It’s an email from your pot roast

Wait a minute. Isn’t the whole idea of a Crock-Pot to avoid constantly fiddling with dinner?

If ever there was a sign that the “Internet of Things” is finally here, it’s the internet connected Crock-Pot Smart Slow Cooker launched at CES in Las Vegas this week.

Costing $99 (£66) when it launches in the US in the coming weeks, the internet-connected slow cooker uses Belkin’s WeMo connected tech to connect to the internet and then be controlled via your phone when you are out of the house.

Once it’s connected to the internet, you have full control over the cooker via the WeMo app, be that in your home or anywhere in the world for that matter.

I dunno. Goes against my grain, I guess.

Goes against Bill Quick’s grain, too, but for a different reason:

Great. Now the NSA will be monitoring what you’re having for dinner tonight.

They’ll probably just hand it off to HHS, so Sebelius can see if you’re eating an Approved Diet.

But yeah, that’s enough to kill the deal right there.

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Jazz handle it

This can’t be the same Utah Jazz who lost 25 of their first 36 games, can it? But here they are, up 30-28 after 12 minutes, 59-47 at the half, 90-74 going into the fourth after leading by as many as 24 — and then Something Happened. Were there gloves, the gloves would have been off. Both sides were out of fouls within three minutes. Just after the halfway point, Oklahoma City pulled to within eight; they would close to within five before a pair of Gordon Hayward treys put it permanently out of reach. Final: Utah 112, OKC 101.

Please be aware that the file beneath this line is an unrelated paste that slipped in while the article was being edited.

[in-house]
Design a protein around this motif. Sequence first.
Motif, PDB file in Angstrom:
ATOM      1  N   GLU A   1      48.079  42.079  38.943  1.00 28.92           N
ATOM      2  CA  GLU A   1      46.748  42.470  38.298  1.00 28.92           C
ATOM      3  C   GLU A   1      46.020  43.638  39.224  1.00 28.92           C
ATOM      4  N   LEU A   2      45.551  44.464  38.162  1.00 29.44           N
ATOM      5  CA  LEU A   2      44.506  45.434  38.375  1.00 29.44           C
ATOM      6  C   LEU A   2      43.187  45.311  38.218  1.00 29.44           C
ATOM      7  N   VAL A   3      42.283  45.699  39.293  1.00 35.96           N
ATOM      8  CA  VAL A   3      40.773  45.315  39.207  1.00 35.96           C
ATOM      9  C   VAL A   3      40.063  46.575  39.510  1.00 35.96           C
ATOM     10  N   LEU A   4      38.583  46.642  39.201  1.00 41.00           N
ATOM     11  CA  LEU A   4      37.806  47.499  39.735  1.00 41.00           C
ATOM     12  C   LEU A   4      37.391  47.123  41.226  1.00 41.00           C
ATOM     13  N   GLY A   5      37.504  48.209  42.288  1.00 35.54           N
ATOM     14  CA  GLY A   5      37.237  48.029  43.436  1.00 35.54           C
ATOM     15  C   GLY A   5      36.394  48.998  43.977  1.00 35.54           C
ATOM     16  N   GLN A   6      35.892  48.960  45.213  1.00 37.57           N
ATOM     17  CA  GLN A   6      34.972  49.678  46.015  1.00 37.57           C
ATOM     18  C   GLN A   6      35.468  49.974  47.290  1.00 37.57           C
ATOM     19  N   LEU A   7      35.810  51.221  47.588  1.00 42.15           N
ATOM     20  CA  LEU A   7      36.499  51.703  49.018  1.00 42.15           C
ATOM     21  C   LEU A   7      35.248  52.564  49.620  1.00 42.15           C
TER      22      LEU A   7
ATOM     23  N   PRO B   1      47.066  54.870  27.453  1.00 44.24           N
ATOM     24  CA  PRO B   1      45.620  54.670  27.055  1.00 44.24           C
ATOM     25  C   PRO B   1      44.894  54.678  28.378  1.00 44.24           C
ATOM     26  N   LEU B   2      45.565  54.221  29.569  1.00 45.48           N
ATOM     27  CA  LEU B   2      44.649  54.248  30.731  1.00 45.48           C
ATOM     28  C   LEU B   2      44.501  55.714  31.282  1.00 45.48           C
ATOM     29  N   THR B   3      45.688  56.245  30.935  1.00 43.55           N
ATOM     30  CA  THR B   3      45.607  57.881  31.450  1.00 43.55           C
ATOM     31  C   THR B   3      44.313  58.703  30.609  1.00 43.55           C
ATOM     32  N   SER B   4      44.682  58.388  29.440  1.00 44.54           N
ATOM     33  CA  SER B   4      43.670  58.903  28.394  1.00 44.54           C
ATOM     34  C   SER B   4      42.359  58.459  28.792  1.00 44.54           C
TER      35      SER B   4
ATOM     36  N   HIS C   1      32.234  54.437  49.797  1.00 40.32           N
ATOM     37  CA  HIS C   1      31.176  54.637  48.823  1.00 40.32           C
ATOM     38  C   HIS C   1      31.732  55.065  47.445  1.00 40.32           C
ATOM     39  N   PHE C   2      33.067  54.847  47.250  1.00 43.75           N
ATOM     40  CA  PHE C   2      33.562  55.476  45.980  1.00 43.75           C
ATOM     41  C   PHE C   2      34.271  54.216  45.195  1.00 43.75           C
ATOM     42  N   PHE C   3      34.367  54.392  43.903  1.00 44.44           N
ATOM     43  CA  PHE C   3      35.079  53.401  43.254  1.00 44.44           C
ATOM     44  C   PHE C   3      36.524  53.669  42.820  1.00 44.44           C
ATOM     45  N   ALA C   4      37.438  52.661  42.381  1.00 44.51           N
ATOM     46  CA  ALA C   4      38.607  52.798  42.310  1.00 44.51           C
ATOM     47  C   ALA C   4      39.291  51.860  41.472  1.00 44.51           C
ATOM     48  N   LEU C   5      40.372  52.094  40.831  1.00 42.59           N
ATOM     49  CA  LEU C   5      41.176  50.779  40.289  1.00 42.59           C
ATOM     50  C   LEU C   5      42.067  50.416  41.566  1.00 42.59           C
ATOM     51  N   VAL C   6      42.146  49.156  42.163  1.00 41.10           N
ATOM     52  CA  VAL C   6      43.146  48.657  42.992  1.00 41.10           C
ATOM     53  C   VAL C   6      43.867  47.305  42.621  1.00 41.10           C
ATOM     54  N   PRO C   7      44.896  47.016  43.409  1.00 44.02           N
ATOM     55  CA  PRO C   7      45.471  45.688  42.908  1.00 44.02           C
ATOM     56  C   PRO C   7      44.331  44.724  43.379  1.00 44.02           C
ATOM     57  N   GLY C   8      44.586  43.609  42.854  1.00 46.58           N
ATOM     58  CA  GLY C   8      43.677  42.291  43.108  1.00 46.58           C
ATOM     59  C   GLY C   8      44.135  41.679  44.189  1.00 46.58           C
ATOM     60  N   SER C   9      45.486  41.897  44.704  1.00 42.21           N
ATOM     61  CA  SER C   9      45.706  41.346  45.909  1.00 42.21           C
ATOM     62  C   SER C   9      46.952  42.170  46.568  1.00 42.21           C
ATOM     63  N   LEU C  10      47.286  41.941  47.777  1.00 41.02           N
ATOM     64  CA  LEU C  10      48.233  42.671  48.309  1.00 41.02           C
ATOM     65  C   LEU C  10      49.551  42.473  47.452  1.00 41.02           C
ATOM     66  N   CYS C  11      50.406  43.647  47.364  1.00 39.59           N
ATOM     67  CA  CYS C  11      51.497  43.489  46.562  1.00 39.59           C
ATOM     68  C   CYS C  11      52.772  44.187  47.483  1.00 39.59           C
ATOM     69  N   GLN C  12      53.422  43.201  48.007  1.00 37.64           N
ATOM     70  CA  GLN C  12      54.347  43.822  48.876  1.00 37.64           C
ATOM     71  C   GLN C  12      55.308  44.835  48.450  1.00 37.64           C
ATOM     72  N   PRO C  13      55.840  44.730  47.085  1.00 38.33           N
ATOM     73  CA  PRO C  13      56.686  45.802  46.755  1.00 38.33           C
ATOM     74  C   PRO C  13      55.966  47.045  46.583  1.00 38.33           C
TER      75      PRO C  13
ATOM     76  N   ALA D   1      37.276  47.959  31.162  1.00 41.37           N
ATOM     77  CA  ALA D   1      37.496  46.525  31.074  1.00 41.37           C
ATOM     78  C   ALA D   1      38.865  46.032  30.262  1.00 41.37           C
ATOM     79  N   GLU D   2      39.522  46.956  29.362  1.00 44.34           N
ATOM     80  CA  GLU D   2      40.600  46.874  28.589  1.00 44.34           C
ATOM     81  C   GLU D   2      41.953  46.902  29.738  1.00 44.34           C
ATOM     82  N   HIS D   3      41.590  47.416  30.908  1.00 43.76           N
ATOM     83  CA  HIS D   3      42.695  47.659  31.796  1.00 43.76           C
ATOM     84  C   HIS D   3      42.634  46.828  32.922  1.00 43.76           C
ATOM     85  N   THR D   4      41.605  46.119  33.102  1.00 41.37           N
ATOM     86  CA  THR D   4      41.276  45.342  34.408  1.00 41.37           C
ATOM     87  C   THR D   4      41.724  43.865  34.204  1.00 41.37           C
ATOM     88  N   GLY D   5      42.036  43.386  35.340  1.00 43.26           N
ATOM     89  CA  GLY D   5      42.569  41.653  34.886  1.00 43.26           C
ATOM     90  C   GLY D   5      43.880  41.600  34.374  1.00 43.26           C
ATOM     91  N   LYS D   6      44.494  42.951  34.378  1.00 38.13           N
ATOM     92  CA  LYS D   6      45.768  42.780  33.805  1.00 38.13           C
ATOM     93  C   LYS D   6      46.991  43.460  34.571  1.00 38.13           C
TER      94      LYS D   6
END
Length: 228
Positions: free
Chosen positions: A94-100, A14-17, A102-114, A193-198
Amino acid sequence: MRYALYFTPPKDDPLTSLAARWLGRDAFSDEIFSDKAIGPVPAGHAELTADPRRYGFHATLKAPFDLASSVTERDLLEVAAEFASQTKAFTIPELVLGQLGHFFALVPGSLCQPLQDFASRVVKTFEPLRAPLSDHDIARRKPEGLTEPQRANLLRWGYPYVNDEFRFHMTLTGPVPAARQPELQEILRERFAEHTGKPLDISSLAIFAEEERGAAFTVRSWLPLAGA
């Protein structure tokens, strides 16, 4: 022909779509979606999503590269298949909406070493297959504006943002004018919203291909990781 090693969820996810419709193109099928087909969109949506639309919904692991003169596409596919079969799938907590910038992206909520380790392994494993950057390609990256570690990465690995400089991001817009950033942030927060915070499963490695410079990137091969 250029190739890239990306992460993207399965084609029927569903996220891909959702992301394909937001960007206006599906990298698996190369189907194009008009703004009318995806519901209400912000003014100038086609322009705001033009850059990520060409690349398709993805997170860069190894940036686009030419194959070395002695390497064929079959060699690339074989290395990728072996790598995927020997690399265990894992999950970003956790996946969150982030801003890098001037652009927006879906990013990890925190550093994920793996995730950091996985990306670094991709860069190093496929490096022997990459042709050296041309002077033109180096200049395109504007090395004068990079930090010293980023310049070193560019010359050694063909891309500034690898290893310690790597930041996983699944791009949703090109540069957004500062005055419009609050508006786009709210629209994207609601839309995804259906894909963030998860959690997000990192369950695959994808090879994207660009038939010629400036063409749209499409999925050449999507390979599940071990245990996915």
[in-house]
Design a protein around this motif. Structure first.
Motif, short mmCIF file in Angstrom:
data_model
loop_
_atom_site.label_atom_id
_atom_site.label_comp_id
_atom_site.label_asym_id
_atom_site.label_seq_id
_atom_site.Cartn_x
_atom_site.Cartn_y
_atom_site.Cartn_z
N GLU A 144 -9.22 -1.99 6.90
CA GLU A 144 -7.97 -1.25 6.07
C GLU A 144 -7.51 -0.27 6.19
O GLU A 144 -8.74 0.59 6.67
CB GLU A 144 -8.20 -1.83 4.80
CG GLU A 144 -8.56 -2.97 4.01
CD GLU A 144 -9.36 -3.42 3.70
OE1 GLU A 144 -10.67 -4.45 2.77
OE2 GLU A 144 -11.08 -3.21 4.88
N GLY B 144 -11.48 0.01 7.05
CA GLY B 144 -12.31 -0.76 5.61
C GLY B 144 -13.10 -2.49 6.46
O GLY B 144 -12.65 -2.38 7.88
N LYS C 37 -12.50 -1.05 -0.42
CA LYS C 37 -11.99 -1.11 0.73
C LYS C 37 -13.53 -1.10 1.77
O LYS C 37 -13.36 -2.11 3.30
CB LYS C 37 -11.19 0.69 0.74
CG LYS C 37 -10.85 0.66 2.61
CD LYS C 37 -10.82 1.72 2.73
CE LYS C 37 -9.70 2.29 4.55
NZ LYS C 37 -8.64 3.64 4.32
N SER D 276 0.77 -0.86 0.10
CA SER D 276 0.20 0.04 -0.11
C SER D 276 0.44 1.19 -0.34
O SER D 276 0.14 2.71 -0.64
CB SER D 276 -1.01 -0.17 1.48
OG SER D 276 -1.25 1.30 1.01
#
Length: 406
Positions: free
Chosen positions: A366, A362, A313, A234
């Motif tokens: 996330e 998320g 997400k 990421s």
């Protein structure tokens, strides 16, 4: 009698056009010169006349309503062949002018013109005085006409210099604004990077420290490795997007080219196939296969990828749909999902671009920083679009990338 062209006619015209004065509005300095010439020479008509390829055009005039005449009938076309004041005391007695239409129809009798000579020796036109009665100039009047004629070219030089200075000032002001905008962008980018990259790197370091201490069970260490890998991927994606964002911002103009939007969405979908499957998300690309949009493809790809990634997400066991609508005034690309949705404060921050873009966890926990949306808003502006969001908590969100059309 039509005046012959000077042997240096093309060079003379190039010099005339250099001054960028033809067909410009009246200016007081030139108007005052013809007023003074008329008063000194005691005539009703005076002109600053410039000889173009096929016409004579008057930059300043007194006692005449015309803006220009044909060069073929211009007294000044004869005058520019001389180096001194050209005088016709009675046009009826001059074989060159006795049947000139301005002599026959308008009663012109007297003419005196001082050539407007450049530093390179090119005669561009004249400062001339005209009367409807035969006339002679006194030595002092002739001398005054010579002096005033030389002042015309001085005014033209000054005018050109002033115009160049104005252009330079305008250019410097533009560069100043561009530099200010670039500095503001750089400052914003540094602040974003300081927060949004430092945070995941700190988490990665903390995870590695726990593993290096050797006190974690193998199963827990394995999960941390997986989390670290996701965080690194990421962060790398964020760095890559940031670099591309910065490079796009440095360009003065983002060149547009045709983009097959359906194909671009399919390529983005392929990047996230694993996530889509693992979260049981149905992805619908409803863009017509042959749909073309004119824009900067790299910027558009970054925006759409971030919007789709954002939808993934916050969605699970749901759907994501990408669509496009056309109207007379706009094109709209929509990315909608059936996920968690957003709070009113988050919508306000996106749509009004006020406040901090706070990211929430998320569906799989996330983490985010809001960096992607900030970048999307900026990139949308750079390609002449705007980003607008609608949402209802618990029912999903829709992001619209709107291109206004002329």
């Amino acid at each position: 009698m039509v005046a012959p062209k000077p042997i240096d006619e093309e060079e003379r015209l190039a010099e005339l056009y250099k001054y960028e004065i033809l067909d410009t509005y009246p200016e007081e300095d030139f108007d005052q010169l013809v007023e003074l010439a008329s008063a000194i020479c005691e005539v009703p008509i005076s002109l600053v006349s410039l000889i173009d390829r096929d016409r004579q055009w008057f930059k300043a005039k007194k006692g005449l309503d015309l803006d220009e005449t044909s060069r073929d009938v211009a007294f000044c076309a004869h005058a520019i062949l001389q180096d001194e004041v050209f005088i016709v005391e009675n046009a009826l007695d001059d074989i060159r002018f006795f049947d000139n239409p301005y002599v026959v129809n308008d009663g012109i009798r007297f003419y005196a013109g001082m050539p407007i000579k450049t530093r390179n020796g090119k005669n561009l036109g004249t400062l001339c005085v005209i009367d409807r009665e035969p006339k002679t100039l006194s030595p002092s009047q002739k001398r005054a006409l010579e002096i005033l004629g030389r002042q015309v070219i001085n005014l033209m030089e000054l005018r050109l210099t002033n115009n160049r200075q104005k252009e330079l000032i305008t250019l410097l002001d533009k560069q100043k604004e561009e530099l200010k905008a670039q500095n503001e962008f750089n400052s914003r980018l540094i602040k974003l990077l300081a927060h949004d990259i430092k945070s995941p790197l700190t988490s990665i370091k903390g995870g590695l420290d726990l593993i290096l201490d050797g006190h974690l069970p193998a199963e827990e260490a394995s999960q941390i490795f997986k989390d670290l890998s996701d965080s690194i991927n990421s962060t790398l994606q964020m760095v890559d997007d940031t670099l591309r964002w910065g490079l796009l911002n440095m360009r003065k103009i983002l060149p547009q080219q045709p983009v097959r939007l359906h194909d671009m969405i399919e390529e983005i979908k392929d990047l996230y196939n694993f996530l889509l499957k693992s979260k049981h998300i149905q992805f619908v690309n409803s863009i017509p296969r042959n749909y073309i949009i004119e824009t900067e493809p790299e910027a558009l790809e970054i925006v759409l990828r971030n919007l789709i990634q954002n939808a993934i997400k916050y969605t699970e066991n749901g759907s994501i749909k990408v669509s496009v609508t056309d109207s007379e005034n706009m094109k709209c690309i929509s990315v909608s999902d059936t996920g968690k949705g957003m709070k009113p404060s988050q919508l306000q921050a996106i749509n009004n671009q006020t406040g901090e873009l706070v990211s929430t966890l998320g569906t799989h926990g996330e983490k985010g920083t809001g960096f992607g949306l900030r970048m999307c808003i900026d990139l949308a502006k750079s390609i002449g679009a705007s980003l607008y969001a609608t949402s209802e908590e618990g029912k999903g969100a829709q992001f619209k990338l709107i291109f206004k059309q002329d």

In fact, Hayward managed to make a 48-point Kevin Durant performance look insignificant: the Jazz swingman rolled up a career-high 37 points, including 17 in a row, on a mere 16 shots and 13 free throws. What’s more, he gathered 11 rebounds and served up seven assists. And five other Jazzmen scored in double figures; the only player who didn’t make at least half his shots — the Jazz were over 50 percent all night and finished at 59 — was rookie point guard Trey Burke, and he still collected 10 points and six rebounds while delivering six dimes.

Admittedly, the Jazz didn’t have to get past Serge Ibaka, who was sidelined with flu-like symptoms. Perry Jones III, who got the start at power forward, is, to be charitable, green: in the 15 minutes he played, he got three rebounds and three fouls, and missed his only shot. And missing shots was something OKC did a lot of: the Thunder took 25 more shots than the Jazz, yet hit five fewer. That’s 39 percent, folks, and if that looks bad, look beyond the arc: six of 34. Miss Beveridge’s School for the Deranged can hit six of 34. If you’re keeping score, Durant’s 48 came on 14-34 shooting, Reggie Jackson was 6-14 for 20, and nobody else broke even ten.

Meanwhile in Denver, the Nuggets were thrashing the Celtics, 129-98. Guess who’s going to Denver Thursday night? Prayers may be in order.

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Degrees of inaccuracy

Lynn could perhaps be a little happier with the weather, or at least with the predictions thereof:

You know what bugs me most about modern weather forecasting? Not that it’s wrong sometimes but that it is, most of the time, too accurate. Yesterday they said that this morning’s low would be 0°F. It was exactly 0°F when I got up at 6:30 this morning. It is now -2°F. So they were off by 2. So far.